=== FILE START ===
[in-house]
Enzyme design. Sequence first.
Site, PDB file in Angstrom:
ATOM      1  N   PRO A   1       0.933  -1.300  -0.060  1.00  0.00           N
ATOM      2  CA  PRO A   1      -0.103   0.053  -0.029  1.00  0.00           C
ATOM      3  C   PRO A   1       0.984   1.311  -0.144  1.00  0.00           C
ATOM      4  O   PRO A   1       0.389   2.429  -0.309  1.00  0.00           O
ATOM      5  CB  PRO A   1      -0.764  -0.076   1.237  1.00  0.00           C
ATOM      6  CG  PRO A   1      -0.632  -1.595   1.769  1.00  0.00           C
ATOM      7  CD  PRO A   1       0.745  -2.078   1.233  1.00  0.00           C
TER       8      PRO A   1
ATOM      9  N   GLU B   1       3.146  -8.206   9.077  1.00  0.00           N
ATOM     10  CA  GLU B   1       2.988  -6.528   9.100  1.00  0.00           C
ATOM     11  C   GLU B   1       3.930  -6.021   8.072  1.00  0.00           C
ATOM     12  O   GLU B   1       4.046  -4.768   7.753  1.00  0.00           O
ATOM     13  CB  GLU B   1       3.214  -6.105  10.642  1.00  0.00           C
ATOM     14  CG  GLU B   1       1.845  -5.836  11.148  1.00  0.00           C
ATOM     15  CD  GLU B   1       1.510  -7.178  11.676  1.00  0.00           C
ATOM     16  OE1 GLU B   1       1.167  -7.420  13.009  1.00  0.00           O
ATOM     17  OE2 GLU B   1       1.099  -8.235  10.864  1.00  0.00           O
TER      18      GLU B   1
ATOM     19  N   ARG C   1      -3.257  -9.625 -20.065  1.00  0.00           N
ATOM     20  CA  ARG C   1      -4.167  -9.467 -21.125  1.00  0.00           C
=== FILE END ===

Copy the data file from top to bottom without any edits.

[in-house]
Enzyme design. Sequence first.
Site, PDB file in Angstrom:
ATOM      1  N   PRO A   1       0.933  -1.300  -0.060  1.00  0.00           N
ATOM      2  CA  PRO A   1      -0.103   0.053  -0.029  1.00  0.00           C
ATOM      3  C   PRO A   1       0.984   1.311  -0.144  1.00  0.00           C
ATOM      4  O   PRO A   1       0.389   2.429  -0.309  1.00  0.00           O
ATOM      5  CB  PRO A   1      -0.764  -0.076   1.237  1.00  0.00           C
ATOM      6  CG  PRO A   1      -0.632  -1.595   1.769  1.00  0.00           C
ATOM      7  CD  PRO A   1       0.745  -2.078   1.233  1.00  0.00           C
TER       8      PRO A   1
ATOM      9  N   GLU B   1       3.146  -8.206   9.077  1.00  0.00           N
ATOM     10  CA  GLU B   1       2.988  -6.528   9.100  1.00  0.00           C
ATOM     11  C   GLU B   1       3.930  -6.021   8.072  1.00  0.00           C
ATOM     12  O   GLU B   1       4.046  -4.768   7.753  1.00  0.00           O
ATOM     13  CB  GLU B   1       3.214  -6.105  10.642  1.00  0.00           C
ATOM     14  CG  GLU B   1       1.845  -5.836  11.148  1.00  0.00           C
ATOM     15  CD  GLU B   1       1.510  -7.178  11.676  1.00  0.00           C
ATOM     16  OE1 GLU B   1       1.167  -7.420  13.009  1.00  0.00           O
ATOM     17  OE2 GLU B   1       1.099  -8.235  10.864  1.00  0.00           O
TER      18      GLU B   1
ATOM     19  N   ARG C   1      -3.257  -9.625 -20.065  1.00  0.00           N
ATOM     20  CA  ARG C   1      -4.167  -9.467 -21.125  1.00  0.00           C